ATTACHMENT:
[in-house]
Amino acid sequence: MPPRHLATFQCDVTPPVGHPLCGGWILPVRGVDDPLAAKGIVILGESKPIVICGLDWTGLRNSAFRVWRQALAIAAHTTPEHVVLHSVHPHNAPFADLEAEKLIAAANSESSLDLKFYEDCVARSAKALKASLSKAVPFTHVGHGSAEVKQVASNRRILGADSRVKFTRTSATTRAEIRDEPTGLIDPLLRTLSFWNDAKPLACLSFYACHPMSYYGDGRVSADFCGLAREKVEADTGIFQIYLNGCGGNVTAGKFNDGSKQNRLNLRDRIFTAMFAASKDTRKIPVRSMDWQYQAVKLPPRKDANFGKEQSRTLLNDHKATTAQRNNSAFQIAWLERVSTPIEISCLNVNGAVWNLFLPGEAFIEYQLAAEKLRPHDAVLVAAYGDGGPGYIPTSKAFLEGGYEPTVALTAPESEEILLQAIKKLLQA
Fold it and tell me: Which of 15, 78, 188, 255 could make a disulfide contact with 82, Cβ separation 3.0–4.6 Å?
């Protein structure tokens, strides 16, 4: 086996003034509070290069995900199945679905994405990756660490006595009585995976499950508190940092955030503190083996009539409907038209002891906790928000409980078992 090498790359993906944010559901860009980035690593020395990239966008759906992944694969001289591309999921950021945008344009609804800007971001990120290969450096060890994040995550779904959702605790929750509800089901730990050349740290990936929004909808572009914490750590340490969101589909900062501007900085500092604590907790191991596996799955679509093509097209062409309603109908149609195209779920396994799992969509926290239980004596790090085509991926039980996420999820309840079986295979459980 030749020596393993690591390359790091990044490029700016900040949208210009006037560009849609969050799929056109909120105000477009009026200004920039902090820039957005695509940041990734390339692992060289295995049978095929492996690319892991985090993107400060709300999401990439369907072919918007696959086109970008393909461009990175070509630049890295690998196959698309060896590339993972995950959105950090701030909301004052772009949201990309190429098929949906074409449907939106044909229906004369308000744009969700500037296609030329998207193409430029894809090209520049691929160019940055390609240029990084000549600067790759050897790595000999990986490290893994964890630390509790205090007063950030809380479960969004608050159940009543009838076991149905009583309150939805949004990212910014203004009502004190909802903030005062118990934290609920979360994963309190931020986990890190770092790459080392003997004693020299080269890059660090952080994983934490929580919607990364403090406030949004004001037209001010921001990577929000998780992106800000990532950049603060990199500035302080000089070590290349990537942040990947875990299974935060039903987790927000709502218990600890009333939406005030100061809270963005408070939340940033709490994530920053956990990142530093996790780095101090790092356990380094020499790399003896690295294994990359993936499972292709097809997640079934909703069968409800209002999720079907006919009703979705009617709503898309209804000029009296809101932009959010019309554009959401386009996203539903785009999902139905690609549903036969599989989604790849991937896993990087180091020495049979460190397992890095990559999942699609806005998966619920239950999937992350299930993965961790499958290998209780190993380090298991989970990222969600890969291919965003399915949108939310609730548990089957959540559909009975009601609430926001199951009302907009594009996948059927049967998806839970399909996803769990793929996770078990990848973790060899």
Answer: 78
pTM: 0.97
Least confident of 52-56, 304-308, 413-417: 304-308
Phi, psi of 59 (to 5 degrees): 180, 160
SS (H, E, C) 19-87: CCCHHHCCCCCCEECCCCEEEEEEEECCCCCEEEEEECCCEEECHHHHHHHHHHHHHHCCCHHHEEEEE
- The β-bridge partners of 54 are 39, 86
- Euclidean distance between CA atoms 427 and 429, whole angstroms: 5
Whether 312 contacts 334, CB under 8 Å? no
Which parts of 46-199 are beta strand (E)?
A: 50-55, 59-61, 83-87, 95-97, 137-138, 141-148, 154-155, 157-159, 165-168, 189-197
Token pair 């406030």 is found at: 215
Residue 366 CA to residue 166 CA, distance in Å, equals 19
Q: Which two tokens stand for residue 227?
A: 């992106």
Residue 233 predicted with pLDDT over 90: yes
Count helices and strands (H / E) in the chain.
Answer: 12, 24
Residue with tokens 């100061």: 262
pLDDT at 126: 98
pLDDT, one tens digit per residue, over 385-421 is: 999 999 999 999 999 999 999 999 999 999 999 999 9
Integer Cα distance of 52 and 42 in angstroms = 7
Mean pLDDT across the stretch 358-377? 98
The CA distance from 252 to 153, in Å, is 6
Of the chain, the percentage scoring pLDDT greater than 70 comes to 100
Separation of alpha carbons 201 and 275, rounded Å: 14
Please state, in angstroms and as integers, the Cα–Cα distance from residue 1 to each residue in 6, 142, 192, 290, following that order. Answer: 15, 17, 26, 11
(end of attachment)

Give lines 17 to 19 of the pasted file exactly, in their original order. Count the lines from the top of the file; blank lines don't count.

Q: Which two tokens stand for residue 227?
A: 């992106």
Residue 233 predicted with pLDDT over 90: yes